Stevens was appointed by Republican president Gerald Ford, and was initially considered a centrist — even a bit of a “wild card,” given his somewhat idiosyncratic legal views. He ended his tenure on the bench as perhaps the Court’s staunchest liberal, both because his views had moved steadily to the Left (a not uncommon occurrence among conservative justices, often to the consternation of the Republican presidents who appointed them) and because the Court itself had moved decidedly to the Right, having been packed with conservative justices by Ronald Reagan and the two Bushes.

    • Historian
      Posted April 20, 2019 at 9:50 am | Permalink

      There certainly has been a tradition of conservative judges moving to the Left. Earl Warren comes to mind. However, there have been some who moved in the opposite direction. I believe (correct me if I’m wrong) that Byron “Whizzer” White and Felix Frankfurter fall into this category.

      In any case, we are now much less likely to see justices migrate on the political spectrum due to how closely they are vetted. I would be very surprised to see Alito, Thomas, Kavanaugh or Gorsuch undergo an ideological transformation. Scalia did not. On a few occasions, Roberts may vote with the liberal block, but he is still a staunch conservative. The same goes for the liberal justices.

      • Ken Kukec
        Posted April 20, 2019 at 11:41 am | Permalink

        Yeah, the conservatives’ decades of disappointment with supposedly conservative Republican picks moving to Leftward — we can add to the list Eisenhower’s pick of William Brennan, Nixon’s picks of Harry Blackmun and Lewis Powell, and Poppy’s pic of David Souter — has led to a system where no Republican president will select someone who’s been thoroughly vetted by a right-wing think tank like the Federalist Society, and who’s been on the federal appellate bench for at least a couple years, so as to have a proven voting record living up to their conservative-credentialed billing.

      • Nicolaas Stempels
        Posted April 20, 2019 at 1:36 pm | Permalink

        I dunno about Kavanaugh’s ideology, he strikes me as an alcoholic that doesn’t care very much either way, now that he’s gotten ‘tenure’. I noted he voted against some state anti-abortion law (can’t remember the details), something quite unexpected.
        Beers for Brett!

        • Ken Kukec
          Posted April 20, 2019 at 5:18 pm | Permalink

          I think Kavanaugh is solidly anti-abortion, Nicolaas, based on his right-wing provenance and his past performance on the appellate bench. I also think the US rightwing is hellbent on a full frontal assault on Roe v. Wade. They may soon force it on the Court, given the alacrity with which many states have been passing laws restricting abortion access since the confirmation of Trump’s pair of SCOTUS appointees. The future of reproductive rights in America may hinge upon how much of an institutionalist Chief Justice Roberts is regarding the preservation of the integrity of the Court that bears his name — a thin reed on which to hang our hopes.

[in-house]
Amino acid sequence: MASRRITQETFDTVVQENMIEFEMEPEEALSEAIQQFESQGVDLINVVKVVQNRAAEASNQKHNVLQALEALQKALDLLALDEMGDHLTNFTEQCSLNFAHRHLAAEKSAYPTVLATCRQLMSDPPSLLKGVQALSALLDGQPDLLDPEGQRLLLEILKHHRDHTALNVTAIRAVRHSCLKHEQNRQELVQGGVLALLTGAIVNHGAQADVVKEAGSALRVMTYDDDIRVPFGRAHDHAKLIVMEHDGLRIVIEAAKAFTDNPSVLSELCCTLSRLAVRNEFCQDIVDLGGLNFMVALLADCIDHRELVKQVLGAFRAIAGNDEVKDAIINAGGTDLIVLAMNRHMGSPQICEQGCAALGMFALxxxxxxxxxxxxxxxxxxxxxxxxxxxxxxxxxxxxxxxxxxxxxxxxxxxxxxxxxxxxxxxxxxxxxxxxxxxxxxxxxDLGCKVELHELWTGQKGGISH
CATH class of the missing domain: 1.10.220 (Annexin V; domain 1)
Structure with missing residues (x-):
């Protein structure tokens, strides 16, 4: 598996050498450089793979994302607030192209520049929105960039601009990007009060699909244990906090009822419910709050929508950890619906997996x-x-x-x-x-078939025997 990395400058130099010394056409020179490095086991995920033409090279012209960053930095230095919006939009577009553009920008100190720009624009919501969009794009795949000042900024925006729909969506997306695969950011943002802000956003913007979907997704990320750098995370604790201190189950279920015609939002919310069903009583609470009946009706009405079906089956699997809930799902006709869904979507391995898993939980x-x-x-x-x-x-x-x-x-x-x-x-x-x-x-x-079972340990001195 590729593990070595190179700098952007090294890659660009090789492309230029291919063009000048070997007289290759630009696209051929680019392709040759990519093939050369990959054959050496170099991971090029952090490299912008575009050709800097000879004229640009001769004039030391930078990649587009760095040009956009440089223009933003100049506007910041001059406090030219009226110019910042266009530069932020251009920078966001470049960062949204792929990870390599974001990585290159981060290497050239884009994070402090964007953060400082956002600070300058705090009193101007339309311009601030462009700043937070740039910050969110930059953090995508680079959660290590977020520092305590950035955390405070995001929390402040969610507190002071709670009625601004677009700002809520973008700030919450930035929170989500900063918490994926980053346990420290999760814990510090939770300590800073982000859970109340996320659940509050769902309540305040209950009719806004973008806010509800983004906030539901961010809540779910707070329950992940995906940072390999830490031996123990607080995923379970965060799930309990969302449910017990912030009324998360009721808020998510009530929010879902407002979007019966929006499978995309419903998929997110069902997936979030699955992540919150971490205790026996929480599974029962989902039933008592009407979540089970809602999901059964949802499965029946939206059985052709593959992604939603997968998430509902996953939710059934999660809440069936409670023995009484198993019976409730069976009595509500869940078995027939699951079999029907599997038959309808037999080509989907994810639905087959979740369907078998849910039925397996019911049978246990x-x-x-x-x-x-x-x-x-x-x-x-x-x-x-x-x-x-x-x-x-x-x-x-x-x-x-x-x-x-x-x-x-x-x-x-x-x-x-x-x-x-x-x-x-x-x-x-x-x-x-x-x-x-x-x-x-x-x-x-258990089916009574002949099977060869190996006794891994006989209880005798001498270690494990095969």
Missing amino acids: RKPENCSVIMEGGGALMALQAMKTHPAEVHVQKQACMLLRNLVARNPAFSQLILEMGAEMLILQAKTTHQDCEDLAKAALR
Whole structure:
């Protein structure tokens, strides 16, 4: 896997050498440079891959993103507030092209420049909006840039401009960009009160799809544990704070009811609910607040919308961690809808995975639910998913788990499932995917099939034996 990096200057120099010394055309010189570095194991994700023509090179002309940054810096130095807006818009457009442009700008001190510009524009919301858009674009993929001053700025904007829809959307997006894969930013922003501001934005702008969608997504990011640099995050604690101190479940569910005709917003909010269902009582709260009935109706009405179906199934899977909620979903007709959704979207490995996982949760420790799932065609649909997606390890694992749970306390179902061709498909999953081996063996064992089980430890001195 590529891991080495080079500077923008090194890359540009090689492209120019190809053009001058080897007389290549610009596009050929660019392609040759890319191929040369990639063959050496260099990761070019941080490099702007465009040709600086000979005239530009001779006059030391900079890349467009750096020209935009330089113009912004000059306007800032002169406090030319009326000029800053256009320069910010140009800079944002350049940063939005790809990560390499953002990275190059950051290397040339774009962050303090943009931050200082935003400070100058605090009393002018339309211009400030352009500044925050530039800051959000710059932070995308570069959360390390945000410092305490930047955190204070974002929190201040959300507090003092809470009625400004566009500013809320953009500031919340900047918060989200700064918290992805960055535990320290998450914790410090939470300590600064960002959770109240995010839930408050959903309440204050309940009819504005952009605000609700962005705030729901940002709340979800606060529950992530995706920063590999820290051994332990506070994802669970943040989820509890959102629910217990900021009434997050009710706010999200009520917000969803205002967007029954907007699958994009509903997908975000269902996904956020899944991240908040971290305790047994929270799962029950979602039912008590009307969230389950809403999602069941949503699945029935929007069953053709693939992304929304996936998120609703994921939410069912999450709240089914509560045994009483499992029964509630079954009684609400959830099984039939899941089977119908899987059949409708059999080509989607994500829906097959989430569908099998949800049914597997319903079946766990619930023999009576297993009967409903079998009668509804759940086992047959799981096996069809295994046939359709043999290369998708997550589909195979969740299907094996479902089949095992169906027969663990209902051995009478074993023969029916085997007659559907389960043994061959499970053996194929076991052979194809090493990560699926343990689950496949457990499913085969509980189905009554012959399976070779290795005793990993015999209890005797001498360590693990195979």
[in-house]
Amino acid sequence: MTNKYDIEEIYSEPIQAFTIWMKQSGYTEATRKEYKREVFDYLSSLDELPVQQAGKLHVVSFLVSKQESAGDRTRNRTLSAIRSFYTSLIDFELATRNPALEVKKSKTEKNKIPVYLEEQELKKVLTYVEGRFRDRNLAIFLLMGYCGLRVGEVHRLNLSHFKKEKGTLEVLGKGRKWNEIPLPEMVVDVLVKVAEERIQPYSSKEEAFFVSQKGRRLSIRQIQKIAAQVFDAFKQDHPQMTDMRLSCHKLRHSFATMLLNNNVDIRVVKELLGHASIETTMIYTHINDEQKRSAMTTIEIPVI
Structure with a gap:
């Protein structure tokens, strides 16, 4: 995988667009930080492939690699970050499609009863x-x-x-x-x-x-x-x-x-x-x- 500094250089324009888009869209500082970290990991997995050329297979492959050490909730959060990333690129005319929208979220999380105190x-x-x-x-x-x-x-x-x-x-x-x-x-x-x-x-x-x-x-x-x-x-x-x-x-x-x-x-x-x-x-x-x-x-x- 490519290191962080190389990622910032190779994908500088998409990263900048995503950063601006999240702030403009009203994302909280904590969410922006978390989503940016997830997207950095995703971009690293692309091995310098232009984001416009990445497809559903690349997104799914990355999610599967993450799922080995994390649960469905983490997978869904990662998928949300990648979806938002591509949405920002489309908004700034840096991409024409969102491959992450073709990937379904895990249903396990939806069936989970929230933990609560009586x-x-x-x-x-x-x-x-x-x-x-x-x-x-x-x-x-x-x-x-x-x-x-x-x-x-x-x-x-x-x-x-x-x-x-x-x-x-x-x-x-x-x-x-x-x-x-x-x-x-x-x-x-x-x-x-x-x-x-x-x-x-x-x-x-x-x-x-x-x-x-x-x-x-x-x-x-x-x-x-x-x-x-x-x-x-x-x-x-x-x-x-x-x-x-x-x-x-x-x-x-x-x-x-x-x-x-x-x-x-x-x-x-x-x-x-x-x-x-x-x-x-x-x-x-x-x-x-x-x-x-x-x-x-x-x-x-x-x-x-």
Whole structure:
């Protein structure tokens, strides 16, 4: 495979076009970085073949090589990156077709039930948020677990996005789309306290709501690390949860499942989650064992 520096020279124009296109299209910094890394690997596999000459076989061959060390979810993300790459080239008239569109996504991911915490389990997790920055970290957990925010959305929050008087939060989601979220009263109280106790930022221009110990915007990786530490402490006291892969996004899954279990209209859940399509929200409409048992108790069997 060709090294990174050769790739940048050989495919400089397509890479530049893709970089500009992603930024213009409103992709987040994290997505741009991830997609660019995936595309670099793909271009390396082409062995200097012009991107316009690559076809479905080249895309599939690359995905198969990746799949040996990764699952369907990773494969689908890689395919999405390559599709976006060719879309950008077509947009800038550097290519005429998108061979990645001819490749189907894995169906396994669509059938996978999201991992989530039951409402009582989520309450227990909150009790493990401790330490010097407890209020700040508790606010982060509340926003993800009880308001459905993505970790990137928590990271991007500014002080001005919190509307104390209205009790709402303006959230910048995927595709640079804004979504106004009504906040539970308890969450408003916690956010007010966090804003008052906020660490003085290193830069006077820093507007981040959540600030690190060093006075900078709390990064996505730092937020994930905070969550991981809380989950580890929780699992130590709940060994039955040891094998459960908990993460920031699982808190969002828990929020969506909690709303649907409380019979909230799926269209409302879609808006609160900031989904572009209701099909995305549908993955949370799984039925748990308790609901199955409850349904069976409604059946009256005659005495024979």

But I think if Trump thinks he can count on the loyal support of his appointees if a battle breaks out over, say, disclosure of his tax returns or over his administration’s refusal to comply with a congressional subpoena — well, then, I think he’s got another think coming. The Court’s two unanimous decisions against Nixon and Clinton — including by their own appointees — on similar issues looms large in the justices’ psyches (and in Supreme Court lore) when it comes to this nation’s ultimate founding principle that (as the saying goes) “no man is above the law.”

          • Nicolaas Stempels
            Posted April 20, 2019 at 11:49 pm | Permalink

            In fact he sided with Robert’s and the ‘progressive’ judges not to review the decision by lower courts in Louisiana and Kansas prohibiting legislation to defund Planned Parenthood from Medicaid funding.
            Of course, not being an expert, I’m not sure how much to read in that. But still…

  11. Posted April 20, 2019 at 9:45 am | Permalink

    Regarding the mystery of the skeleton, a classic from the Onion:

    Archaeological Dig Uncovers Ancient Race Of Skeleton People

  12. Roger
    Posted April 20, 2019 at 11:00 am | Permalink

    I wonder when spontaneous generation will make a comeback. Flat-earthers and anti-vaxxers need some new cool hip people to hang out with.

    • Michael Fisher
      Posted April 20, 2019 at 11:34 am | Permalink

      It’s boring & nasty of late – the spontaneous combustion gig would be light relief.

      Holocaust denial is in resurgence along with glorification of those mythical beasts: the honourable Waffen-SS & honourable Wehrmacht both of whom [of course] knew nothing of the slave labourers & worse. I suspect the popularity of this shit relates to the striking & somewhat Village People looking uniforms & the World of Tanks massively multiplayer online game that’s been thriving for 10 years & currently has 700k? subscribers [men & boys & boy-men basement dwellers].

      I would like to see more of the ancient space alien lunatics, but the History Channel isn’t trying hard enough to push it. Electric Universe was peaking last year & has noticeably slowed down since Christmas.

      Women/feminism hatred is doing well, but that’s a hardy perennial.

  13. murali
    Posted April 20, 2019 at 4:10 pm | Permalink

    The ‘sun dog’ is a miracle. It is what Constantine saw before the Battle of the Milvian Bridge. I thibnk symbolizes Chrst’s ascent to heaven.

  14. Posted April 21, 2019 at 12:26 pm | Permalink

    Slight typo – barely worth mentioning: Manfred von Richthofen